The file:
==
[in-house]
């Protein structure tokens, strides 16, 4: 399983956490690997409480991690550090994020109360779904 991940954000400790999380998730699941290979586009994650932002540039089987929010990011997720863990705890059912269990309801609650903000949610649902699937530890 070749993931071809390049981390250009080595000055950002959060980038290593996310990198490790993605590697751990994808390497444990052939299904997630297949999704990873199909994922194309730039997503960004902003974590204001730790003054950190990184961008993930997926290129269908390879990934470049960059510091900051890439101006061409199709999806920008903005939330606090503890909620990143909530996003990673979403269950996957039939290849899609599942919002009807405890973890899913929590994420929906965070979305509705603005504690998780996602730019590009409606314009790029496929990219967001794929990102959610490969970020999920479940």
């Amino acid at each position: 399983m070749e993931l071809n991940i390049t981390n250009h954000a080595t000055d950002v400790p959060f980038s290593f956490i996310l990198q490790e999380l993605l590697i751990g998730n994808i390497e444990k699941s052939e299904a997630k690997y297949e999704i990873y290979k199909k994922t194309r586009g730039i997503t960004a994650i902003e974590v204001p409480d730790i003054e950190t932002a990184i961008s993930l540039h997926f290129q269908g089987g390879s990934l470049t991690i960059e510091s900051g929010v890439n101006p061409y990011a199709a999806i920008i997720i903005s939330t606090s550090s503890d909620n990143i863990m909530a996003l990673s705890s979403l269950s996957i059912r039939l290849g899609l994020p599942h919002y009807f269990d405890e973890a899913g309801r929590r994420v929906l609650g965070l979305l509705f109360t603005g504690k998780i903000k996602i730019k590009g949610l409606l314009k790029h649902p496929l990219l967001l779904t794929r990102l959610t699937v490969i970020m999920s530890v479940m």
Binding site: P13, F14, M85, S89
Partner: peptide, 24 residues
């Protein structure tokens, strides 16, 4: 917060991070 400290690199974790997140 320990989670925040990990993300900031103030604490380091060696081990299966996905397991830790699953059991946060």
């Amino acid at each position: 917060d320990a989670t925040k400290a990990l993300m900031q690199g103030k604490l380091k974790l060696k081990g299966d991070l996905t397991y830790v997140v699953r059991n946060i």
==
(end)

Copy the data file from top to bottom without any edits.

[in-house]
């Protein structure tokens, strides 16, 4: 399983956490690997409480991690550090994020109360779904 991940954000400790999380998730699941290979586009994650932002540039089987929010990011997720863990705890059912269990309801609650903000949610649902699937530890 070749993931071809390049981390250009080595000055950002959060980038290593996310990198490790993605590697751990994808390497444990052939299904997630297949999704990873199909994922194309730039997503960004902003974590204001730790003054950190990184961008993930997926290129269908390879990934470049960059510091900051890439101006061409199709999806920008903005939330606090503890909620990143909530996003990673979403269950996957039939290849899609599942919002009807405890973890899913929590994420929906965070979305509705603005504690998780996602730019590009409606314009790029496929990219967001794929990102959610490969970020999920479940």
């Amino acid at each position: 399983m070749e993931l071809n991940i390049t981390n250009h954000a080595t000055d950002v400790p959060f980038s290593f956490i996310l990198q490790e999380l993605l590697i751990g998730n994808i390497e444990k699941s052939e299904a997630k690997y297949e999704i990873y290979k199909k994922t194309r586009g730039i997503t960004a994650i902003e974590v204001p409480d730790i003054e950190t932002a990184i961008s993930l540039h997926f290129q269908g089987g390879s990934l470049t991690i960059e510091s900051g929010v890439n101006p061409y990011a199709a999806i920008i997720i903005s939330t606090s550090s503890d909620n990143i863990m909530a996003l990673s705890s979403l269950s996957i059912r039939l290849g899609l994020p599942h919002y009807f269990d405890e973890a899913g309801r929590r994420v929906l609650g965070l979305l509705f109360t603005g504690k998780i903000k996602i730019k590009g949610l409606l314009k790029h649902p496929l990219l967001l779904t794929r990102l959610t699937v490969i970020m999920s530890v479940m």
Binding site: P13, F14, M85, S89
Partner: peptide, 24 residues
């Protein structure tokens, strides 16, 4: 917060991070 400290690199974790997140 320990989670925040990990993300900031103030604490380091060696081990299966996905397991830790699953059991946060």
């Amino acid at each position: 917060d320990a989670t925040k400290a990990l993300m900031q690199g103030k604490l380091k974790l060696k081990g299966d991070l996905t397991y830790v997140v699953r059991n946060i």